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As drug fiends usually know, peyote is a Mexican cactus with hallucinogenic properties; the visions it conjures are so strong that a religious cult once sprang up to worship it. And a pretty hefty restaurant cult has appeared in the UK that worships simple Mexican cuisine.

Birds may use cigarette ends to protect chicks

It sounds like a surreal urban myth: birds in cities may be deliberately incorporating cigarette ends into their nests to ward off insect parasites. But scientists in Mexico offer compelling evidence that it is true.

WWII code experts called in to help solve mystery of the pigeon’s foot

GCHQ turn to Bletchley Park veterans for help with D-Day cipher

I'm A Celebrity: Nadine Dorries munches her way through camel toe and ostrich anus

Suspended Tory MP Nadine Dorries got her teeth into life in the jungle by chomping on a camel's toe and an ostrich's anus in her latest stomach-churning challenge on I'm A Celebrity ... Get Me Out Of Here.

Green Man and French Horn, 54 St Martin's Lane, London WC2

I didn't do too much research before setting off for lunch at Green Man and French Horn. All I knew – all I needed to know – before piling in to this Covent Garden newcomer at the earliest opportunity was that a) it's the latest opening from those clever young chaps behind Terroirs, and b) they are very good at creating fine places to eat.

Birds still at risk from lead poisoning despite shotgun laws

Lead poisoning is still a major cause of death among swans, ducks and other waterfowl despite legislation aimed at restricting the use of toxic lead pellets by shotgun owners, a study has found.

Cheer up! It’s Not the End of the World .., Edinburgh Printmakers

According to the Mayan calendar, we have until 21 December and that’s it. With that in mind, Norman and Sarah Manning Shaw have collected apocalyptic images from Damien Hirst, Andy Warhol and younger artists such as American Ricky Allman whom they discovered on the internet.

Scott Lidgett: inspired a generation of British publicists

Helen Scott Lidgett: PR supremo for major cultural institutions

In 1991, a sculpture by Patricia Finch called Golders Hill Girl was unveiled in a north London park. Dressed in bronze flip-flops and hot pants, the work is arresting for its unusual mix of glamour and informality. The same might have been said of Helen Scott Lidgett, née Finch, who sat for the piece for her mother and has died of ovarian cancer at 63.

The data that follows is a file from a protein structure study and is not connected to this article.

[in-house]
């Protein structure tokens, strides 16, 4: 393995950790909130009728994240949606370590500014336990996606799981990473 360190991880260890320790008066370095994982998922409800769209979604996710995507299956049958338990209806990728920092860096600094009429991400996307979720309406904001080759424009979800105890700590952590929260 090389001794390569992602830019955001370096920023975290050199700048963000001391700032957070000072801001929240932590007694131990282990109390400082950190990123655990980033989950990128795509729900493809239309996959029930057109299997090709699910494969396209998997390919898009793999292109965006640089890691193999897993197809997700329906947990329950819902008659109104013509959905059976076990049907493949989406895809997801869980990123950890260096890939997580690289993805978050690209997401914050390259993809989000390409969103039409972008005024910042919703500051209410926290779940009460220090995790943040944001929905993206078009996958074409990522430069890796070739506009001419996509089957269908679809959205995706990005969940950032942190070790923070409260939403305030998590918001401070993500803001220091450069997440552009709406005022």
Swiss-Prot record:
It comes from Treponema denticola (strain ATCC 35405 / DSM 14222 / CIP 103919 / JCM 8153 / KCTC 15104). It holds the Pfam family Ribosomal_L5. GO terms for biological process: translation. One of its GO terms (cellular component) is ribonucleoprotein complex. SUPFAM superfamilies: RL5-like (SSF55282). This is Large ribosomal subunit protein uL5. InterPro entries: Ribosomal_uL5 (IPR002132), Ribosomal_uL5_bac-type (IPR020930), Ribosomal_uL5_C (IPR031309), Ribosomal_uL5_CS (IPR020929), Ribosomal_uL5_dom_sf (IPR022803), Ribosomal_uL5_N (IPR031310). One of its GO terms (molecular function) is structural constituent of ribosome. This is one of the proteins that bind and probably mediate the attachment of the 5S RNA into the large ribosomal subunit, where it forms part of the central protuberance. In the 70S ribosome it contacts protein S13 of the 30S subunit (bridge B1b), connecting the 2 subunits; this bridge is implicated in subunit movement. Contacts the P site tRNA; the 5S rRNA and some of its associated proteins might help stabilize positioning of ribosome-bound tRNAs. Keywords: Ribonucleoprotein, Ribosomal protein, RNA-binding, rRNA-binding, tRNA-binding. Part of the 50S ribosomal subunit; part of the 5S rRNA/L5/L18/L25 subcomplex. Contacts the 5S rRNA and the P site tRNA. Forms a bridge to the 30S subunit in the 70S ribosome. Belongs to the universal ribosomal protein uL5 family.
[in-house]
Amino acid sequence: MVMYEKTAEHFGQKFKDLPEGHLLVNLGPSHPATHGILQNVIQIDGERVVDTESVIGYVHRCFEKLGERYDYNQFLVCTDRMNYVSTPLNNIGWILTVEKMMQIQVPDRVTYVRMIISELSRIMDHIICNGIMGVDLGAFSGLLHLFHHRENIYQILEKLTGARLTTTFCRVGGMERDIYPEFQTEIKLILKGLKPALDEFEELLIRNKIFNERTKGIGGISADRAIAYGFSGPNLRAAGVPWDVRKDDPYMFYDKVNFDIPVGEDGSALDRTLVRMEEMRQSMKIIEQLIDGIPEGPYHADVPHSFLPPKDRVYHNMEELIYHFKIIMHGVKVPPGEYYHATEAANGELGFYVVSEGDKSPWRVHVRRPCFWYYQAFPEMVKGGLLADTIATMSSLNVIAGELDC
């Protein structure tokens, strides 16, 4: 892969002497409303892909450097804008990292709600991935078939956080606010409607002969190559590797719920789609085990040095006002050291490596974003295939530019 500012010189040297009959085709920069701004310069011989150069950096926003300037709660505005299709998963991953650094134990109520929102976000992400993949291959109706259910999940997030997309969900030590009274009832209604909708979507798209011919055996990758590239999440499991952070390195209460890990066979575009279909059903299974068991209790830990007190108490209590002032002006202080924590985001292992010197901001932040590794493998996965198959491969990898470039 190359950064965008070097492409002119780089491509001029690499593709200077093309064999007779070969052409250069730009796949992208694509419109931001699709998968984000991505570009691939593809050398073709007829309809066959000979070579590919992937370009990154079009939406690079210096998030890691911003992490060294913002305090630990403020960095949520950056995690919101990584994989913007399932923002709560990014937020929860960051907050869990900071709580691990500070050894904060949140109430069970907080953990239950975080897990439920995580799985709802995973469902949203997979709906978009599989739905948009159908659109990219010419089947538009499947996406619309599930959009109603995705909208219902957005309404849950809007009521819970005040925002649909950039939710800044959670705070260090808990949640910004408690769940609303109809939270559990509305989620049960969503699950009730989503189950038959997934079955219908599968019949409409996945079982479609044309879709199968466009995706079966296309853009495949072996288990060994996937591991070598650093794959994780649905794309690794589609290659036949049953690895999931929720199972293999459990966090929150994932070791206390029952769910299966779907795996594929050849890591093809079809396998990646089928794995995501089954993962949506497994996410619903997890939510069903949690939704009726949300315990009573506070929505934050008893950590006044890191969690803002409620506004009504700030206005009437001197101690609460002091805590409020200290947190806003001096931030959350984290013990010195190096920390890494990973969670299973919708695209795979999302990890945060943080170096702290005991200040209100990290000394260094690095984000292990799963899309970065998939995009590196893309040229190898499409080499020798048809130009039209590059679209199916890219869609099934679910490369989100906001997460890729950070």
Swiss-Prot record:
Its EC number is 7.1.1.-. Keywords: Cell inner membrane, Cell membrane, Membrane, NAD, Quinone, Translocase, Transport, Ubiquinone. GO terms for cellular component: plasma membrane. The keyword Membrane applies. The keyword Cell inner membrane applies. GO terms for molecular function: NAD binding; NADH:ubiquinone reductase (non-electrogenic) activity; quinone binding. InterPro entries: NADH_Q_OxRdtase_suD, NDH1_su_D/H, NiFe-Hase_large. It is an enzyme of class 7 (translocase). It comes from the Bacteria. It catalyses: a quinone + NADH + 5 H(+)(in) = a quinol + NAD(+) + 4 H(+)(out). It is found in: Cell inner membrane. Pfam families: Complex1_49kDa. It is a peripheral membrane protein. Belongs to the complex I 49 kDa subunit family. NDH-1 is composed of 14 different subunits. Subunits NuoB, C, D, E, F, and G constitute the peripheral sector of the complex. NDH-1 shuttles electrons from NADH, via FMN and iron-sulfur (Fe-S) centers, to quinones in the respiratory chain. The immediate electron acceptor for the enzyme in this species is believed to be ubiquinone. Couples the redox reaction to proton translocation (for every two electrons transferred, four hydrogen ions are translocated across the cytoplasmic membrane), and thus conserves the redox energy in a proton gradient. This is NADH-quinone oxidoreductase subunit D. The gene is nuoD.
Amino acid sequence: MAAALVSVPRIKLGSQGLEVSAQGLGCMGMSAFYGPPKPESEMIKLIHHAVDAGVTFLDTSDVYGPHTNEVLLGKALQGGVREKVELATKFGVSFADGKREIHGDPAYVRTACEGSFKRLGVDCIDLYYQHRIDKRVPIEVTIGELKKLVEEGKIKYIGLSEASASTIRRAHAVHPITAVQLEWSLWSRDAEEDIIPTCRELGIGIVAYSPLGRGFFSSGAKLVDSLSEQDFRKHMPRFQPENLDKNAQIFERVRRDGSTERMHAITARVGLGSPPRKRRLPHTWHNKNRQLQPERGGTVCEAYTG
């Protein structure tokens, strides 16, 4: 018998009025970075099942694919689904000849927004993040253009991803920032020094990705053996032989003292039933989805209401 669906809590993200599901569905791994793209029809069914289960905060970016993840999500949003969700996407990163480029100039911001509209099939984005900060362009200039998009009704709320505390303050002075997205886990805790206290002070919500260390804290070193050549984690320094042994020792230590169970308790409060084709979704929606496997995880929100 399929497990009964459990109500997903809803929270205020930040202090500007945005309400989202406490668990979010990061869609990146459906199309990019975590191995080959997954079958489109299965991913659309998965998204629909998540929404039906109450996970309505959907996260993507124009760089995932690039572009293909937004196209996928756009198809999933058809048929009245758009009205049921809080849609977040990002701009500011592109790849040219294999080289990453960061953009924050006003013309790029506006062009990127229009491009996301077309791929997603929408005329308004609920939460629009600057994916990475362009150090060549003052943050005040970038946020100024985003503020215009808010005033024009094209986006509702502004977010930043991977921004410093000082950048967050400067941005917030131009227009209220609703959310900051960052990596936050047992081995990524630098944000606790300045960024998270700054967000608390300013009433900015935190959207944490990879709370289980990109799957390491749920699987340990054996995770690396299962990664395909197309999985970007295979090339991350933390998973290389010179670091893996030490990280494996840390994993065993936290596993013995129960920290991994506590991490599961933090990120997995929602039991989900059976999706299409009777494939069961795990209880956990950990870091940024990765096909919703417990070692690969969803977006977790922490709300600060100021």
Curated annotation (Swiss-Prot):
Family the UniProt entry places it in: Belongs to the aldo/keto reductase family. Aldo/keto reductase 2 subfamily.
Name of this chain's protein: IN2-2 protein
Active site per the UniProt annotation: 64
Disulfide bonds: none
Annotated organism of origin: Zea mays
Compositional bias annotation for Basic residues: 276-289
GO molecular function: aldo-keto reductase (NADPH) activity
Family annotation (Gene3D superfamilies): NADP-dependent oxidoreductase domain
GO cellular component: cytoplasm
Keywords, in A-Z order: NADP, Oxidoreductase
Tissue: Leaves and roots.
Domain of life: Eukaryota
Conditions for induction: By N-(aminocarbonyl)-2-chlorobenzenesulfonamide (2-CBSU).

Bignon says: 'I like The Square in Mayfair - it is classic French cuisine and the tastes are very clear'

Arnaud Bignon: 'The smell of broccoli is enough to make me want to leave a room'

My earliest food memory… Cooking with my mother and grandmother. My mother taught me how to do classic things such as make an apple tart, while my grandmother would cook a big meal every Sunday for 10 or 15 people, which I would help with. They had a lot of animals, and they would often kill a chicken or rabbit and cook that. But my favourite childhood dish was yoghurt cake. It was incredibly simple, but that's what you appreciate when you're young.

Dan Biggar kicked the decisive conversion for Ospreys in Dublin

Williams bows out by sealing final win for Ospreys

Leinster 30 Ospreys 31

Michael McCarthy: Real Spring starts this Sunday

I wrote recetly that four is not really a sufficient number for seasons, with mid-March, for example, being neither spring proper nor late winter, but something in between. And the spring's true heart also does not fit with the traditional versions. As far as I am concerned, spring in southern England, where I live, begins this Sunday, 15 April.

After 8,000 miles, Martin the cuckoo is almost home

It's nearly here, the best-loved sound of spring, the double note of the cuckoo: in fact, it's in southern Spain, on the last leg of a 4,000-mile journey from Central Africa.

Cate Blanchett plays Lotte in <i>Big and Small</i>

Heads up: Big and Small

Let the bright one in. Blanchett sizes up the London stage

Norwich win sends Bolton back into relegation zone

Norwich 2 Bolton 0

Chris the cuckoo: the birds were fitted with satellite transmitters